Down by Law Review
New Orleans. Zack (Tom Waits) is an unemployed DJ thrown out by his girlfriend, who takes on an assignment to drive a car from one end of town to another – not knowing that there’s a corpse in the boot. Jack (John Lurie) is a small-time pimp who finds himself set up on statutory rape charges. The two men find themselves in the same jail cell, along with Italian tourist Bob (Roberto Benigni).
With its opening travelling shots of New Orleans, Down by Law announces itself as a big leap forward from his previous feature Stranger than Paradise. An increased, if still low, budget shows in the lustre of Robby Müller’s black and white photography.. Stranger than Paradise (his second feature, after the 16mm colour Permanent Vacation) had won him the Camera d’Or for Best First Feature at the 1984 Cannes Festival, so you can understand the confidence that’s visible in Jarmusch’s work here.
That said, there are similarities too. Stranger than Paradise was made up of three named sections of roughly equal length, the first of them previously made as a separate short. Although Down by Law is not explicitly subdivided, it still follows the same structure: a third in New Orleans, a third in the jail cell and a third in the bayous after the three men escape. Also carried over is the same deadpan humour, the ear for language confusions (Hungarian-English in the first film, Benigni’s mishmash of Italian and English here). There’s also the same measured pace and low-key approach to plot that has marked all of Jarmusch’s work, and which will likely make it an acquired taste. Jarmusch is much less interested in what happens but in watching the interplay of characters as things happen, often played out in long sequence shots. What would have been a major part of another film, the prison escape, is disposed of in two brief shots. There’s a quote on the back of the box of Night on Earth: “The beauty in life is in small details not big events.” Jarmusch is in style and sensibility far more “European” than “American”, and it’s not surprising that much of his funding has come from Europe (and Japan). In fact, this is his only film with American money in it.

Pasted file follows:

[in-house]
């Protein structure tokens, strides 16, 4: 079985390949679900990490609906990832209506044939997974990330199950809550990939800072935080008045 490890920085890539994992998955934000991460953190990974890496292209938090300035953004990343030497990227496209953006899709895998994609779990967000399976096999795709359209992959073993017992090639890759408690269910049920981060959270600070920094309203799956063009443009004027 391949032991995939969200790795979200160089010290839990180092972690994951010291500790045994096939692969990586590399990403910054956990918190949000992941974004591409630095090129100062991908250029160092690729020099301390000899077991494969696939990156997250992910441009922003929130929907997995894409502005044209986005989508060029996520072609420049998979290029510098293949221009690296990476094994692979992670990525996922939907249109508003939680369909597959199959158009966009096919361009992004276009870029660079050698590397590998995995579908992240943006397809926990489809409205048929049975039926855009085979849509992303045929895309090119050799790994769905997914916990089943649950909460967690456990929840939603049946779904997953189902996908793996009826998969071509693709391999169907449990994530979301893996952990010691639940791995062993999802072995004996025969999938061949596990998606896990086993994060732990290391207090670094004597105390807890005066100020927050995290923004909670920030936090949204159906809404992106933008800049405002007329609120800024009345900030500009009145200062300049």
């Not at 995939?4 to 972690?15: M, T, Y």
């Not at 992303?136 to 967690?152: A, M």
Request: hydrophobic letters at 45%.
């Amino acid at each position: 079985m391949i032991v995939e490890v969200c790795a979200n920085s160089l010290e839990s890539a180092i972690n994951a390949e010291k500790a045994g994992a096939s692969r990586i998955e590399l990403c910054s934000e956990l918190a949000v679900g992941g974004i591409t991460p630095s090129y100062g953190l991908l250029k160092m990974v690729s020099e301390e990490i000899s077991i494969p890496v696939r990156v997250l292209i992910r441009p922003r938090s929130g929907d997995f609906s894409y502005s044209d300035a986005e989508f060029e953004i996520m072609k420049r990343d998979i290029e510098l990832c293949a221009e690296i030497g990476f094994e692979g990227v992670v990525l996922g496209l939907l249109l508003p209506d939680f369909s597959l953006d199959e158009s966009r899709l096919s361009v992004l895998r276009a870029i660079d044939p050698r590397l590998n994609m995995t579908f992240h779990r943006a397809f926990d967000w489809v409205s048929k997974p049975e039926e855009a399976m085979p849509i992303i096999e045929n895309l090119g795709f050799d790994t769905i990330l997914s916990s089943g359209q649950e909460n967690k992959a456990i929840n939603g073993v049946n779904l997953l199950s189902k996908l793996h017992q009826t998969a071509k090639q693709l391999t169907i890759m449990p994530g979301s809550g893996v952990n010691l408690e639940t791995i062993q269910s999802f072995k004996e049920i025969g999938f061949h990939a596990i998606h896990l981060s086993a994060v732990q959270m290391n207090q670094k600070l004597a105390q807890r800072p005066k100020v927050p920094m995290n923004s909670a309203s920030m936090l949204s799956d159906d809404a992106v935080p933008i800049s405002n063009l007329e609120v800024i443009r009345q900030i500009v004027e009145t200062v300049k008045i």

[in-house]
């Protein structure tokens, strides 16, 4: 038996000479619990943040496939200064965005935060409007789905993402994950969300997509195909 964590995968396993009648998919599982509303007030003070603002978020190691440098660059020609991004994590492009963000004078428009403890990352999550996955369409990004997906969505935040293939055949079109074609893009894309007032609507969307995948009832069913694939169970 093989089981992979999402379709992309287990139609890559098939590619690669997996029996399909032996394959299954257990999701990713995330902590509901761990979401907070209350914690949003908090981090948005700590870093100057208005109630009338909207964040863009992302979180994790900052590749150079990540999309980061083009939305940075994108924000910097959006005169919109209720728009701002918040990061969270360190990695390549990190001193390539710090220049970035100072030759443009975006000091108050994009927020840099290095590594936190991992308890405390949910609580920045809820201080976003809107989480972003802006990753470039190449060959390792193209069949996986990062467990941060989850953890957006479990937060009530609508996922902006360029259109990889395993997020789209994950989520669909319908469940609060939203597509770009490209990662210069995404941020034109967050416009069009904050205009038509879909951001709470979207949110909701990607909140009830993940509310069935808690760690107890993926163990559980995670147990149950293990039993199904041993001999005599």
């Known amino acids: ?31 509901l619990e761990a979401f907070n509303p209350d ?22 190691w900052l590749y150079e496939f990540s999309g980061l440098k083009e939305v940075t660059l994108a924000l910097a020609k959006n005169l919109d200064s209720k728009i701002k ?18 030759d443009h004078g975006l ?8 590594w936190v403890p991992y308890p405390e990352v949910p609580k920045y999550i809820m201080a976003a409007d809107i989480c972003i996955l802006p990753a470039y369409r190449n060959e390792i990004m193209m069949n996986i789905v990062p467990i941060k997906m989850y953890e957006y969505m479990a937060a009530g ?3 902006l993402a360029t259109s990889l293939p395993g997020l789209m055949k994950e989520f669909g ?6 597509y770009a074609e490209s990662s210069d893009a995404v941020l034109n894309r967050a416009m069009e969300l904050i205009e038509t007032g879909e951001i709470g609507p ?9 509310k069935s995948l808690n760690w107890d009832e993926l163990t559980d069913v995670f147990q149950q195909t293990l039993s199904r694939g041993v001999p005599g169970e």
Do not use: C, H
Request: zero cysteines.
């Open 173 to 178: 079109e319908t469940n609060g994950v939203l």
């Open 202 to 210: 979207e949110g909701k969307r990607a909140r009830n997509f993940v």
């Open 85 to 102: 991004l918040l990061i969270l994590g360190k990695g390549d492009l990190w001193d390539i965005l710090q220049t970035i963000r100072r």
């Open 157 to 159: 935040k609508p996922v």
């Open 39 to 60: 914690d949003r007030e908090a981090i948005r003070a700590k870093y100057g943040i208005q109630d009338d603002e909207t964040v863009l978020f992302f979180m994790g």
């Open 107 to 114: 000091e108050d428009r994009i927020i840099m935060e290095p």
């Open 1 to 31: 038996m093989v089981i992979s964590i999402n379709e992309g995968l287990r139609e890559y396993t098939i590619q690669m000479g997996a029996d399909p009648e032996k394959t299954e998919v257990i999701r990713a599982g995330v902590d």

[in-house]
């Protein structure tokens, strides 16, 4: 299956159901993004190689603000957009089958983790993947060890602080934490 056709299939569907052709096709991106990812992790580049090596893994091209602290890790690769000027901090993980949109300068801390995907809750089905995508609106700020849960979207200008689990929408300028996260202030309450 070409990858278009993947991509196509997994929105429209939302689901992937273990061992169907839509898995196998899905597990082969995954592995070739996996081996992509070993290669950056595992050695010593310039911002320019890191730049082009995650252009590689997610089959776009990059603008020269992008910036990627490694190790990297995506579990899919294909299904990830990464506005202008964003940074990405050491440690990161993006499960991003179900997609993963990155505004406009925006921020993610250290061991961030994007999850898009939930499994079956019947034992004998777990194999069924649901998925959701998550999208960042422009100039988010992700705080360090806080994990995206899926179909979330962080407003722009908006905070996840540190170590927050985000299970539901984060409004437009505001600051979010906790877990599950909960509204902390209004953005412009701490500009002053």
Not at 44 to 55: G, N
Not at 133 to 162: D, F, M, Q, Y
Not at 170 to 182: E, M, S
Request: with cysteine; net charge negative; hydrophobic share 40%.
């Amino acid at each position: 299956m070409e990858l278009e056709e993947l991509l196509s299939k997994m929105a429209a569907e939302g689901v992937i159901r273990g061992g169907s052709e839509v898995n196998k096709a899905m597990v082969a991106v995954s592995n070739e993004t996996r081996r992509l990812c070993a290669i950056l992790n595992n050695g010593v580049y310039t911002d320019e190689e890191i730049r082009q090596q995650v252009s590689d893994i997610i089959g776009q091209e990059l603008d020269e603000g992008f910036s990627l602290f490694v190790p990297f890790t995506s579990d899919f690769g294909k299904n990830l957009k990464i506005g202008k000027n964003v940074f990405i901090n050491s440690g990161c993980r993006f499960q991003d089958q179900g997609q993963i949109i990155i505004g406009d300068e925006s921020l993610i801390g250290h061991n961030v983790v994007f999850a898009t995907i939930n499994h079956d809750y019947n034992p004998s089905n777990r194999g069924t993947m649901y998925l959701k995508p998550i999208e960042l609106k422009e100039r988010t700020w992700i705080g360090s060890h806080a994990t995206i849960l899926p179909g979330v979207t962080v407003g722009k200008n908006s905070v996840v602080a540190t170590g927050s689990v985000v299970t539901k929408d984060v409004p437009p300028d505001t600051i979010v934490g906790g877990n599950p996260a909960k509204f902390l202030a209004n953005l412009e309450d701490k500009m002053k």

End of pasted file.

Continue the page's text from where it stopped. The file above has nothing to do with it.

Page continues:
This was Tom Waits’s biggest acting role for Jarmusch, though he has contributed to later films of his. John Lurie had played the leading role in Stranger than Paradise and had appeared in Permanent Vacation: he wouldn’t appear again, but wrote the music for Jarmusch’s next feature Mystery Train. Both men provide the music for Down by Law, Waits singing songs from his Rain Dogs over both sets of credits, Lurie providing the lounge-jazz score. But the real star of this film is Roberto Benigni. He was a huge star in his native Italy, but this was his first English-language role. The persona which could seem irksome eleven years or so later, in the wake of his Oscar win for Life is Beautiful, seems entirely fresh here. Apart from a brief appearance early on, Benigni doesn’t appear until roughly halfway through the film, and you can sense the energy level go up as he does. Nicoletta Braschi is his wife in real life, so it’s no surprise that the chemistry between their characters seems entirely genuine. Ellen Barkin makes the most of a one-scene role as Waits’s girlfriend, and in the supporting cast you’ll find Jarmusch’s regular supporting player, the late Rockets Redglare.
As with most of Jarmusch’s work, Down by Law won’t be for everyone. Those unsympathetic to his style and methods may find it slow and inconsequential. But if you are attuned to his wavelength, then it’s a treat.
Second Sight’s all-regions release of Down by Law is not new (originally released in 2001), but has been repackaged as part of a two-film box set with Night on Earth to tie in with the UK release of Jarmusch’s new film Broken Flowers. Affiliate links to the left refer to the box set.
The inevitable comparison is going to be with the Criterion release of Down by Law, which has the trademark shedload of extras. The Second Sight disc has no extras at all. For Jarmusch aficionados there’s clearly no contest, but for the unconverted or for anyone with no interest in extras, then the Second Sight is an acceptable and certainly cheaper alternative.
The film is transferred to DVD anamorphically in a ratio of 1.78:1. I would suspect that 1.85:1 is the cinema ratio, but as Jarmusch authorised 1.78:1 for the Criterion DVD then no-one should mind that the matte has been opened up a little: Jarmusch’s compositions tend to be looser, especially given his penchant for longer takes. Given the black and white origins (and it’s real black and white, by the way, not filmed on colour stock), it’s not surprising that there’s a fair amount of grain in the image, particularly in darker scenes. Longer shots do look a little soft. But this is certainly not a bad transfer, even if I suspect that the Criterion (which I don’t have to hand) would beat it.
The soundtrack is the original mono. The low budget does show in places, with a slight hollowness to the sound perhaps due to direct recording. It’s not distracting though, and the all-important dialogue is quite clear. Lurie’s score and Waits’s songs sound fine too. There are twenty chapter stops. No subtitles, which is a bad move.
Jarmusch fans will probably already have this film, either this disc bought four years ago or the Criterion. If for some reason it’s passed you by, then this is worth considering, though a RRP of £24.99 for two bare-bones discs is a little steep: buy it cheaper online. That said, if this and Night on Earth create more Jarmusch fans, then I certainly won’t be complaining.
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